[Comment: Yours was a flip response to Lipkin’s legitimate feedback on the low RFA amounts. You were the only person who laughed, Dr. Koroshetz. Making jokes at the expense of the millions of severely ill people with ME spoke volumes about how out-of-touch you are with the magnitude and severity of this public health and human rights crisis.]
Koroshetz: “But I think you’re right, we’ve gotta move this field it’s gonna take a lot more money. The budget’s gonna have to be ten or twenty times what it is now.”
Just a month later during the July 10, 2017 NIH ME/CFS Advocacy Call you said,
“We totally agree that the amount of funding for ME/CFS research is not even close to the burden of illness… ME/CFS certainly is in a condition where really big changes are needed.”
As Jennie Spotila so insightfully pointed out in her blog,
“This is a remarkable statement. I don’t think we have ever heard such a public and specific admission by NIH that their ME funding is falling so far short of what is needed. From the context of his statements, it appears Dr. Koroshetz means ten to twenty times the present RFA budget of $6 million per year. That translates to $60 to 120 million per year, at least. While still far from commensurate with disease burden, that level of funding would certainly support robust research into pathogenesis and treatments.
The salient point is not, “Hurray, Dr. Koroshetz admits we need $120 million a year.”
The takeaway message for people with ME is, “Dr. Koroshetz admits NIH needs to do 20 times better, but nothing is changing.”
I’m trying to think of another context where a leader would say we’re falling twenty times short and then do nothing to try to make up the gap. If a company needs to increase its sales by ten or twenty times, you can bet they do something. If a government had a budget shortfall of that magnitude, you can bet they would raise taxes at the speed of light. And remember that Dr. Koroshetz – who is Chair of the Trans-NIH ME/CFS Working Group – chose to kick in only $2 million per year for the RFAs. This low investment from the Chair was not going to be exceeded by any other Institute, thus guaranteeing the smallness of the RFA.”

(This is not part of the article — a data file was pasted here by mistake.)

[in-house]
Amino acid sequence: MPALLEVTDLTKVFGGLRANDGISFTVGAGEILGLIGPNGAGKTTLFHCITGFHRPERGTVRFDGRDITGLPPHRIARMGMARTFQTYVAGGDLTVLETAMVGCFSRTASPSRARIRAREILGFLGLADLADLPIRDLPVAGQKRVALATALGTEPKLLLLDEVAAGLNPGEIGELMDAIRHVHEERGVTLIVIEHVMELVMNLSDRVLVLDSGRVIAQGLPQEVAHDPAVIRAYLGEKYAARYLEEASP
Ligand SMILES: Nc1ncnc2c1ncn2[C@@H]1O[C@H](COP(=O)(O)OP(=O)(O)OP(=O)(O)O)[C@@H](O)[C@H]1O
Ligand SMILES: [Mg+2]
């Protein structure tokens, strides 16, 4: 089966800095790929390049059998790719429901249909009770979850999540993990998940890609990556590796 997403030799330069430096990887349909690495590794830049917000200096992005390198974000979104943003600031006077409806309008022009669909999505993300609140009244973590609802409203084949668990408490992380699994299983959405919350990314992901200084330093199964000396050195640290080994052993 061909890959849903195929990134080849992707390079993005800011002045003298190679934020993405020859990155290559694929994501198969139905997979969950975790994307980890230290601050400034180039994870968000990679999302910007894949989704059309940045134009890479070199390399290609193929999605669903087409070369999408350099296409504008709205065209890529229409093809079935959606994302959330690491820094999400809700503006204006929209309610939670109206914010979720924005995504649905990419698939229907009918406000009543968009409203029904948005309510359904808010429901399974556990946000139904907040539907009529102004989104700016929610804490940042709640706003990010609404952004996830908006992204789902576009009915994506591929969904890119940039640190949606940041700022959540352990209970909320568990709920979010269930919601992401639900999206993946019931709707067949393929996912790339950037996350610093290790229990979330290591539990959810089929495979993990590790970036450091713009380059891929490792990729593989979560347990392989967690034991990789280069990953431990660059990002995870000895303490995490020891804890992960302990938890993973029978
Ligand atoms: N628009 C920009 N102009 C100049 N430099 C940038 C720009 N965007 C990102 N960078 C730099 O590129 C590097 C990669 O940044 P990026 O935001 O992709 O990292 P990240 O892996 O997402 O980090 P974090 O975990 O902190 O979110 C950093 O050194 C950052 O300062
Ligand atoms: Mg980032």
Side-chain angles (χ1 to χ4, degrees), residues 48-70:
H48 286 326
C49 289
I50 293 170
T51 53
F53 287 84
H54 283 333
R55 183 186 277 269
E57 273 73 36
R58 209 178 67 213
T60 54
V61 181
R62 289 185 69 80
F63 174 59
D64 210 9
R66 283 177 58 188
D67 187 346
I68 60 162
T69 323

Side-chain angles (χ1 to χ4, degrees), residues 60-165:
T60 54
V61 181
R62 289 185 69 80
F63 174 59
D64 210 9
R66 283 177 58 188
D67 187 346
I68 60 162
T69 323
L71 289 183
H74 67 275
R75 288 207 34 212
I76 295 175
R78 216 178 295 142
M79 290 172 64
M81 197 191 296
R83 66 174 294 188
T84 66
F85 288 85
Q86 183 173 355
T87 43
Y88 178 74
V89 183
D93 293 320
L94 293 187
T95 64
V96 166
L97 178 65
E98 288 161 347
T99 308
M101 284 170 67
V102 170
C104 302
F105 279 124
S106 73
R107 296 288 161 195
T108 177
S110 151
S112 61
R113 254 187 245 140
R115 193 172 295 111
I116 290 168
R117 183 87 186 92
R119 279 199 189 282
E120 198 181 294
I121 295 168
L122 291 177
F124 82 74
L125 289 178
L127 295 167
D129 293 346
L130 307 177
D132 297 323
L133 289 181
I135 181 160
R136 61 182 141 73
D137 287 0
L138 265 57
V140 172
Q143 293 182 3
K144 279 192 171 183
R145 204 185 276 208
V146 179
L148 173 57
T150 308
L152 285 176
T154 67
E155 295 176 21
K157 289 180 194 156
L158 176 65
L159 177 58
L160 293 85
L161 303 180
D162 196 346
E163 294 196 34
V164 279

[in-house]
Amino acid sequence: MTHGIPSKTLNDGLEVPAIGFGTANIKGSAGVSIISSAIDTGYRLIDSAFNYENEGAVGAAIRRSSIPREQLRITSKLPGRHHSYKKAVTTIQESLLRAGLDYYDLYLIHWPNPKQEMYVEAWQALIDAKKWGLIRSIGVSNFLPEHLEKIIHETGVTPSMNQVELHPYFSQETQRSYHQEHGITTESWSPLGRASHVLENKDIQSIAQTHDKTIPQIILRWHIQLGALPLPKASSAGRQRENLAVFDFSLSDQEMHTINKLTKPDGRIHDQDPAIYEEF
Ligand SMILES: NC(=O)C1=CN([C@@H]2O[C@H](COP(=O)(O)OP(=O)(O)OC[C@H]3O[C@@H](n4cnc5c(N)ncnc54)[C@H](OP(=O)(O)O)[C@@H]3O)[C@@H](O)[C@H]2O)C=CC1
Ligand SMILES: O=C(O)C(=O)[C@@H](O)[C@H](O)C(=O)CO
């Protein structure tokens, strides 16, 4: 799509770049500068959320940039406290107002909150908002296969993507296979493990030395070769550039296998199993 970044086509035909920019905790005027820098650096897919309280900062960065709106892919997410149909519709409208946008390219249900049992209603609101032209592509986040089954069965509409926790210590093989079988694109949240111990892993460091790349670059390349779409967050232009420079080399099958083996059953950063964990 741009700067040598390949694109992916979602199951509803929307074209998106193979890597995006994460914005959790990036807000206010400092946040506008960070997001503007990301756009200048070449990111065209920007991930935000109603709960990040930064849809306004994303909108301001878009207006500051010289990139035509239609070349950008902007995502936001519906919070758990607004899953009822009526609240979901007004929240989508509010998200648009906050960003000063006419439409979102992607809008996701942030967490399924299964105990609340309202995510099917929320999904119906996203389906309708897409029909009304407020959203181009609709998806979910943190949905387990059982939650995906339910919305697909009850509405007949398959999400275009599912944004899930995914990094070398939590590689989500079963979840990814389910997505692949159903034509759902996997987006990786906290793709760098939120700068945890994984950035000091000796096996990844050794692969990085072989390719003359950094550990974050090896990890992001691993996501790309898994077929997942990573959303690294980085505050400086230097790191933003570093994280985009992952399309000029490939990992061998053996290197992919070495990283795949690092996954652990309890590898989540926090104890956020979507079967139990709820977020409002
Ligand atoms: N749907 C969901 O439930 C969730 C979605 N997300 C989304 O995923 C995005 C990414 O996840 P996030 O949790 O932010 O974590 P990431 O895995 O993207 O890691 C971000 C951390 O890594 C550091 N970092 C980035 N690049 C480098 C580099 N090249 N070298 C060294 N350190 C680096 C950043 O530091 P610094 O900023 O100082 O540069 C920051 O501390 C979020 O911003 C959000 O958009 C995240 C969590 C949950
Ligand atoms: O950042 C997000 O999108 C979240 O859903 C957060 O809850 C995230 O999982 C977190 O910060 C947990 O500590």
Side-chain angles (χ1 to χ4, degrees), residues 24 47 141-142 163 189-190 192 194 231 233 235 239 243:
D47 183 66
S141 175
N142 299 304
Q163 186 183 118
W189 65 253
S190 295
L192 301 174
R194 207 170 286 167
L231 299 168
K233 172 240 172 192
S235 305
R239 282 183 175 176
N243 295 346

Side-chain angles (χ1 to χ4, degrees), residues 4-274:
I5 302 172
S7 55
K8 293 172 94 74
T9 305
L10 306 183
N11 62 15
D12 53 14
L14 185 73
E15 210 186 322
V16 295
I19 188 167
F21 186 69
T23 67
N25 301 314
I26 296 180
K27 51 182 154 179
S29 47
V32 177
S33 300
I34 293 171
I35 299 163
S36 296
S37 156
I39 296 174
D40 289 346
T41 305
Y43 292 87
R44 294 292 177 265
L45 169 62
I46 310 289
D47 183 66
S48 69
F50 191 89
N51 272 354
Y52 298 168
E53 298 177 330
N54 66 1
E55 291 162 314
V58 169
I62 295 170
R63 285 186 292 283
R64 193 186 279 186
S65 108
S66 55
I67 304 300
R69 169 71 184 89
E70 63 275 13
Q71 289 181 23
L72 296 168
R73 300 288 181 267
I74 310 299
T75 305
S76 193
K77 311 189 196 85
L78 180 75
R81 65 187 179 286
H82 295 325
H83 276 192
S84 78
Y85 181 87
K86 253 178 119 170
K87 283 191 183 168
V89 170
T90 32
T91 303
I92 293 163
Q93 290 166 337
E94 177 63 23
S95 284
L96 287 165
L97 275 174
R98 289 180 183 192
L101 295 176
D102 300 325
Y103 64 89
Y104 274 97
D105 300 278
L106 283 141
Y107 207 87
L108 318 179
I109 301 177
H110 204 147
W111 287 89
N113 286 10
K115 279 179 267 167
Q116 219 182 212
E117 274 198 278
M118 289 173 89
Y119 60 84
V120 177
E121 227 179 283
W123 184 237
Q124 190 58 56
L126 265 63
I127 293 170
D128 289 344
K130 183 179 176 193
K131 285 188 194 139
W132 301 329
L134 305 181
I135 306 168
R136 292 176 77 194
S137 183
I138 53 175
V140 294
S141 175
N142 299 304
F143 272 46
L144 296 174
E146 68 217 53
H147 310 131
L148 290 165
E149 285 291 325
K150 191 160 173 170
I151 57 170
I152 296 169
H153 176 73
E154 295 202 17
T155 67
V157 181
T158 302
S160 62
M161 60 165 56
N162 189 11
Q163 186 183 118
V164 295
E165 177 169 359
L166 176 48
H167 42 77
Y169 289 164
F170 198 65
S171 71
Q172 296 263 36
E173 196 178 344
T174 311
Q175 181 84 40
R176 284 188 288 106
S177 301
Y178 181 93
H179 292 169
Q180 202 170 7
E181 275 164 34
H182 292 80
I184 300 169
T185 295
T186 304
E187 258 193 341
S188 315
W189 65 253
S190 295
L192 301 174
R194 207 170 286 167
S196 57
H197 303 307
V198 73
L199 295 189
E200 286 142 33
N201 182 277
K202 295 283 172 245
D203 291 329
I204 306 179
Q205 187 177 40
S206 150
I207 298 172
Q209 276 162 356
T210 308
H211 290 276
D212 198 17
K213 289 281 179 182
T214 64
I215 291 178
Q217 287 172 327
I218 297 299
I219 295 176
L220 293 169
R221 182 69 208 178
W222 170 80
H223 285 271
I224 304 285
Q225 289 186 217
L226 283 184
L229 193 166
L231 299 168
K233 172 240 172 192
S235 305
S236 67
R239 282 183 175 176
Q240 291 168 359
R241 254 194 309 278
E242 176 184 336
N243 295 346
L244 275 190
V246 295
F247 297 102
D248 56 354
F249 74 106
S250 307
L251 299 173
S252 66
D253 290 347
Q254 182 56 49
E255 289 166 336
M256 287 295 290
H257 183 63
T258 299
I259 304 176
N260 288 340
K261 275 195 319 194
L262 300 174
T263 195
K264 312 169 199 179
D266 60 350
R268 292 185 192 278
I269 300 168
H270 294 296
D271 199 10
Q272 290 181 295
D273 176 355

Drs. Koroshetz and Collins, if you have the courage, I challenge you to watch Llewellyn King’s video about very severely ill ME patient Tom Camenzind of San Ramon, California.
How do your consciences allow you to continually underfund research on such a savage disease?
Dr. Koroshetz, you have a habit of telling us how sad it is. We know this far better than you, so please stop patronizing the ME community. What we demand is NIH fund ME research commensurate with the burden of the disease now. Fund and fast-track extramural ME research now. We need appropriately-funded RFAs to understand and study ME. We need RFAs related to the B-cells that are identified in the Rituximab studies and RFAs related to metabolomics. We need RFAs for clinical trials for Rituximab, Suramin, Ampligen, and other potential treatments.
Today, as I have each day for endless years, I continue to lie here in my bed growing more ill and disabled because of NIH’s leadership’s discrimination against those of us who have this disease. Dr. Koroshetz, you’ve said repeatedly that “we need answers,” but at the same time you refuse to acknowledge that researchers cannot find answers unless you, the Chair of the Trans-NIH ME/CFS Working Group, fund extramural ME research commensurate with the burden of the disease. Please stop distorting the truth; we all see and hear what you are doing. Stop patronizing us.
How much longer will NIH decision-makers such as yourselves condemn us to this horrific suffering? Do not patronize us by telling us to wait another five years or more for NIH’s underfunded “Centers” program; that is too long for us to wait. People are dying because of your professional failures and personal capacity for cruelty. Your choices drive the continued suffering of millions of Americans.
What will it take for you to make the necessary changes this year? When will you begin fast-tracking ME research and issuing desperately needed RFAs? When will you begin funding extramural ME research commensurate with the burden of the disease? The world is watching you and noting your choices, Dr. Koroshetz and Dr. Collins. What changes will you make in the near term?
– Johanna Kaiser